Topic started by other_side (@ 22.214.171.124) on Tue May 13 13:29:33 EDT 2003.
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Can someone explain
1)what is the difference between these instruments.
2)And to represent what kind of sound or different moods are these used.
3)what changes are made with the normal violin to be used in carnatic concerts.
Off cource TFM examples will be greatly helpful.
- Old responses
- From: Vj (@ 126.96.36.199)
on: Fri May 16 00:57:37 EDT 2003
ejaman first interlude also has this santoor (?!?) just before SPB starts singing the charanam.
- From: rags (@ 188.8.131.52)
on: Fri May 16 02:17:11 EDT 2003
Great postings from Raj. For a first hand hearing on how they blend together beautifully - listen to the compositions in RESONANCE - a recent album by a chennai based quartet led by VS Narasimhan - the lead violinist for IR in the 80s era. I remember reading a review of this album in www.themusicmagazine.com sometime back.
- From: hihi:-) (@ 184.108.40.206)
on: Fri May 16 12:39:02 EDT 2003
Raj: i think most carnatic "violins" are actually viola; i think TNS is the only one who uses "violin" - note the difference in the tonal quality.
there are umpteen songs in which one could hear the string family voices sans viola. a good one is sangeedha mEgam thEn sindhum nEram.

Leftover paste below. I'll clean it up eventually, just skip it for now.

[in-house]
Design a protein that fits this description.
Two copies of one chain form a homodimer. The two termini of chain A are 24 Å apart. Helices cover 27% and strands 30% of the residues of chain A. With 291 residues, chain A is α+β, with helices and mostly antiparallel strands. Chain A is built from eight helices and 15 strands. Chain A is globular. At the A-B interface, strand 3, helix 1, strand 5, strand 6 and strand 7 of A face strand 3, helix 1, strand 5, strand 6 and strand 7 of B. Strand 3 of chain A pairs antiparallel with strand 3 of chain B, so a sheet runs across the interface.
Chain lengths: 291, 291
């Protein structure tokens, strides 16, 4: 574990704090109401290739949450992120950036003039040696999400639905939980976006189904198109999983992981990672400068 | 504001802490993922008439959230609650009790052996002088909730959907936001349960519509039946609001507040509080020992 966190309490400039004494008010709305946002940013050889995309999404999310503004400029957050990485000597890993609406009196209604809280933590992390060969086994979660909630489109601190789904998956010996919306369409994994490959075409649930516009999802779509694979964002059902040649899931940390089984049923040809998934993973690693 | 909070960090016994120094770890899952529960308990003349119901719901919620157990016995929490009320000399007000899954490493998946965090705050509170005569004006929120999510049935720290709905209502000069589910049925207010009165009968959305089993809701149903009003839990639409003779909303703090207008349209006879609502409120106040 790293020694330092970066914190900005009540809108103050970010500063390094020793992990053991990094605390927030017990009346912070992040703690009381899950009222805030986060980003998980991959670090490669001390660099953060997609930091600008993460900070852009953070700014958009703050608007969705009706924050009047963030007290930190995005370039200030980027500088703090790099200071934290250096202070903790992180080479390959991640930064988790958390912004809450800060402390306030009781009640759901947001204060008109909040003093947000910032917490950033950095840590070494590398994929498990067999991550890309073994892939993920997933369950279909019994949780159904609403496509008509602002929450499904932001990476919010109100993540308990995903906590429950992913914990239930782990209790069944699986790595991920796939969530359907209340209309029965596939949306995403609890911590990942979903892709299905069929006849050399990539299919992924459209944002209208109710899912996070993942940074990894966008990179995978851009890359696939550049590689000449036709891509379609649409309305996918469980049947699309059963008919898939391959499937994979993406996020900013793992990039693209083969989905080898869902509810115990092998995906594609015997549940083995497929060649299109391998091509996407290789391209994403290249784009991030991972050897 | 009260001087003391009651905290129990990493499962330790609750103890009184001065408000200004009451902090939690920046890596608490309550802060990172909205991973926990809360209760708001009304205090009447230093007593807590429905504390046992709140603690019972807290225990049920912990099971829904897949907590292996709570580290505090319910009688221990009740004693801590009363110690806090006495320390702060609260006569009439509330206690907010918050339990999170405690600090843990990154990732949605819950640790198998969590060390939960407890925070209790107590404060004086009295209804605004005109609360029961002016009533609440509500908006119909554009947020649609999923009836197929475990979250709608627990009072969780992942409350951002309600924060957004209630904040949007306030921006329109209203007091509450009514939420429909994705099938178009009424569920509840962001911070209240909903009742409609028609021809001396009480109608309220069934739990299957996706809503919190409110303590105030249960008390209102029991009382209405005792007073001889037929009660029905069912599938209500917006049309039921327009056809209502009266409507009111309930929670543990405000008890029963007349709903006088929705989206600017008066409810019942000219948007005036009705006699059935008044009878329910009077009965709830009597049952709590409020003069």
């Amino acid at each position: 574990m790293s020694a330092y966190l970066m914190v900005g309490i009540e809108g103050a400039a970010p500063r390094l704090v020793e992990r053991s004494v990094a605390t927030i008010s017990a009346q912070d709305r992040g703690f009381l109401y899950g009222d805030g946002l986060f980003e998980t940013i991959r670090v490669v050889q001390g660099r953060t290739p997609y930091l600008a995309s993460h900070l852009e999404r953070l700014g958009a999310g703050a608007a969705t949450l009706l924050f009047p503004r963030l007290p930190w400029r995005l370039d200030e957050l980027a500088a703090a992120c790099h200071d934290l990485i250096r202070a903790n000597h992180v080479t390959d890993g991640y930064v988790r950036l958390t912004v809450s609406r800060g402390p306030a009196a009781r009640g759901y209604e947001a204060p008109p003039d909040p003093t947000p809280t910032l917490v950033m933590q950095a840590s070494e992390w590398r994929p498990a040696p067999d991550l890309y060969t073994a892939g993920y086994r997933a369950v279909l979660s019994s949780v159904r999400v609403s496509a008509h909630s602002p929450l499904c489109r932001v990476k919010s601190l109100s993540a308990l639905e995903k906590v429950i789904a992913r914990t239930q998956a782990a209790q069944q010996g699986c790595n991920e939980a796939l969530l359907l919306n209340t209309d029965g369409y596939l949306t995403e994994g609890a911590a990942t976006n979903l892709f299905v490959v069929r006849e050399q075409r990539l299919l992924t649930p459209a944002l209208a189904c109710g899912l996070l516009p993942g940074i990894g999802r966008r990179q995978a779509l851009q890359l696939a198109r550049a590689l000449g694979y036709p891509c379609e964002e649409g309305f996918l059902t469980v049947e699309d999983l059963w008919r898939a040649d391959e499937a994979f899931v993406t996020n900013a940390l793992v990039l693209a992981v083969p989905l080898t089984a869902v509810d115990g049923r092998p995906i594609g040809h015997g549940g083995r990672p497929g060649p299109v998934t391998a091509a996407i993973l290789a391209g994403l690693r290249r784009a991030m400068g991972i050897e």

veeNai being close to human voice: :-) it depends upon who plays the veeNai. when i listen to s. balachander i always get a feeling that he is actually singing! another instrument that is very much like human voice is nAdhaswaram!!!!! thanks to a friend, i got a chance to listen to a lot of kArakkurichi... one should hear to believe what magic this instrument can create in the right hands! its frustrating to see nadhaswaram, sarangi, veeNai (and most instrumental music of india - specifically south india) not getting their deserved respect :-(
- From: hihi:-) (@ 220.127.116.11)
on: Fri May 16 13:44:17 EDT 2003
i meant TNK, not TNS :-)
- From: other_side (@ 18.104.22.168)
on: Wed May 21 13:48:35 EDT 2003
--- this is a posting by srikanth on counter point----
Counter point is a score that is played over (under) a melody,
In raja kaiyavecha - the second bgm has a 3 part counter point.
1. Violins : plays the lead part,
2. Viola : plays a conter pointer (in half the timing of above)
3. Cello and double bass playes a chromatic scales progression which is twice the melody length.
if the Melody plays notes as halfs per bar
the 1st counter point plays in 8ths and 16ths per bar,the 2nd counter point - double bass plays 1 full note per bar.
- From: jagan (@ 22.214.171.124)
on: Wed May 28 03:37:12 EDT 2003
another combo of violin, violas & d.bass
3rd bgm of Kodiyile malligapoo from K.Kavidhaigal
The Bgm Starts with bells on the key borad overlapped by a touching solo by cello and followed by passage (question & answer ) between violin, violas vs cello & d.bass and ending with chromatic passage of cello & d.bass (last 4 bars of the BGM)
similarly ananda raagam from Paneer pushpangal.
- From: doubter (@ 126.96.36.199)
on: Wed May 28 09:50:51 EDT 2003
What about the second interlude of 'karavai maadu mooNu' (magaLeer mattum)??? Just after Oorvasi starts singing, there is this string piece accompanied by heavy beats. I think cello is played violin style. (aanandha bairavi???)
- From: Raj (@ )
on: Fri Aug 29 22:33:51 EDT 2003
Those of you interested in the history of violin in carnatic music please visit carnatica.net for a well written article by G.J.R. Krishnan (son of Lalgudi Jayaraman).
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